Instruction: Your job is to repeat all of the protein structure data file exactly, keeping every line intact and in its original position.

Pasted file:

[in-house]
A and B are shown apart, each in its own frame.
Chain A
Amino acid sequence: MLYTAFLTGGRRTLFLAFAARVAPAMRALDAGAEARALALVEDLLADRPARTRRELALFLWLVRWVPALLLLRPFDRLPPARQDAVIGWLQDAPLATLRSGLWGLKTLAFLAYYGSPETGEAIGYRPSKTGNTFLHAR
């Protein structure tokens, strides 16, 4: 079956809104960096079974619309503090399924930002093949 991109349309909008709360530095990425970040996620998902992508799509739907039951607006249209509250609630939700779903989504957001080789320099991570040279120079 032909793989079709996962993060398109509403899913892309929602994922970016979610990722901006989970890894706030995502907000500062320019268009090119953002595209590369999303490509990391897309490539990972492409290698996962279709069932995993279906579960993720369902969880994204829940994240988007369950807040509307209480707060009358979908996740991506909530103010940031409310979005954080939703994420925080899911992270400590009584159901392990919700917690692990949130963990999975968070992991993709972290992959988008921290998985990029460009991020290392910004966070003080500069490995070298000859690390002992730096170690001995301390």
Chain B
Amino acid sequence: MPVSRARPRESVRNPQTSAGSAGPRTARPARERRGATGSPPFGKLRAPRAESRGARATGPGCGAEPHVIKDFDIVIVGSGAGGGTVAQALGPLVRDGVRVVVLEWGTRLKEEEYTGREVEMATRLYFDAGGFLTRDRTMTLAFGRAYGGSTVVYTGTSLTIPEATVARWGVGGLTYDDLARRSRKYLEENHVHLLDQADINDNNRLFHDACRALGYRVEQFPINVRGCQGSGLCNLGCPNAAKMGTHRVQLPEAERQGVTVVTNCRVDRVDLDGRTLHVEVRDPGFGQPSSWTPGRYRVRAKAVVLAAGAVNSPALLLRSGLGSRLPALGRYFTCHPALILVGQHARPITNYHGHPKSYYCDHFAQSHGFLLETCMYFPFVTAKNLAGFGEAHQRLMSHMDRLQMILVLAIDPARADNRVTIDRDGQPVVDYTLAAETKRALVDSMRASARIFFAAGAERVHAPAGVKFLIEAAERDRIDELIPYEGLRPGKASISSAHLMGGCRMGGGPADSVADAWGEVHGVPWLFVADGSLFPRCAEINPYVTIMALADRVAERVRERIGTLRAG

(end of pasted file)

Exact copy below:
[in-house]
A and B are shown apart, each in its own frame.
Chain A
Amino acid sequence: MLYTAFLTGGRRTLFLAFAARVAPAMRALDAGAEARALALVEDLLADRPARTRRELALFLWLVRWVPALLLLRPFDRLPPARQDAVIGWLQDAPLATLRSGLWGLKTLAFLAYYGSPETGEAIGYRPSKTGNTFLHAR
């Protein structure tokens, strides 16, 4: 079956809104960096079974619309503090399924930002093949 991109349309909008709360530095990425970040996620998902992508799509739907039951607006249209509250609630939700779903989504957001080789320099991570040279120079 032909793989079709996962993060398109509403899913892309929602994922970016979610990722901006989970890894706030995502907000500062320019268009090119953002595209590369999303490509990391897309490539990972492409290698996962279709069932995993279906579960993720369902969880994204829940994240988007369950807040509307209480707060009358979908996740991506909530103010940031409310979005954080939703994420925080899911992270400590009584159901392990919700917690692990949130963990999975968070992991993709972290992959988008921290998985990029460009991020290392910004966070003080500069490995070298000859690390002992730096170690001995301390």
Chain B
Amino acid sequence: MPVSRARPRESVRNPQTSAGSAGPRTARPARERRGATGSPPFGKLRAPRAESRGARATGPGCGAEPHVIKDFDIVIVGSGAGGGTVAQALGPLVRDGVRVVVLEWGTRLKEEEYTGREVEMATRLYFDAGGFLTRDRTMTLAFGRAYGGSTVVYTGTSLTIPEATVARWGVGGLTYDDLARRSRKYLEENHVHLLDQADINDNNRLFHDACRALGYRVEQFPINVRGCQGSGLCNLGCPNAAKMGTHRVQLPEAERQGVTVVTNCRVDRVDLDGRTLHVEVRDPGFGQPSSWTPGRYRVRAKAVVLAAGAVNSPALLLRSGLGSRLPALGRYFTCHPALILVGQHARPITNYHGHPKSYYCDHFAQSHGFLLETCMYFPFVTAKNLAGFGEAHQRLMSHMDRLQMILVLAIDPARADNRVTIDRDGQPVVDYTLAAETKRALVDSMRASARIFFAAGAERVHAPAGVKFLIEAAERDRIDELIPYEGLRPGKASISSAHLMGGCRMGGGPADSVADAWGEVHGVPWLFVADGSLFPRCAEINPYVTIMALADRVAERVRERIGTLRAG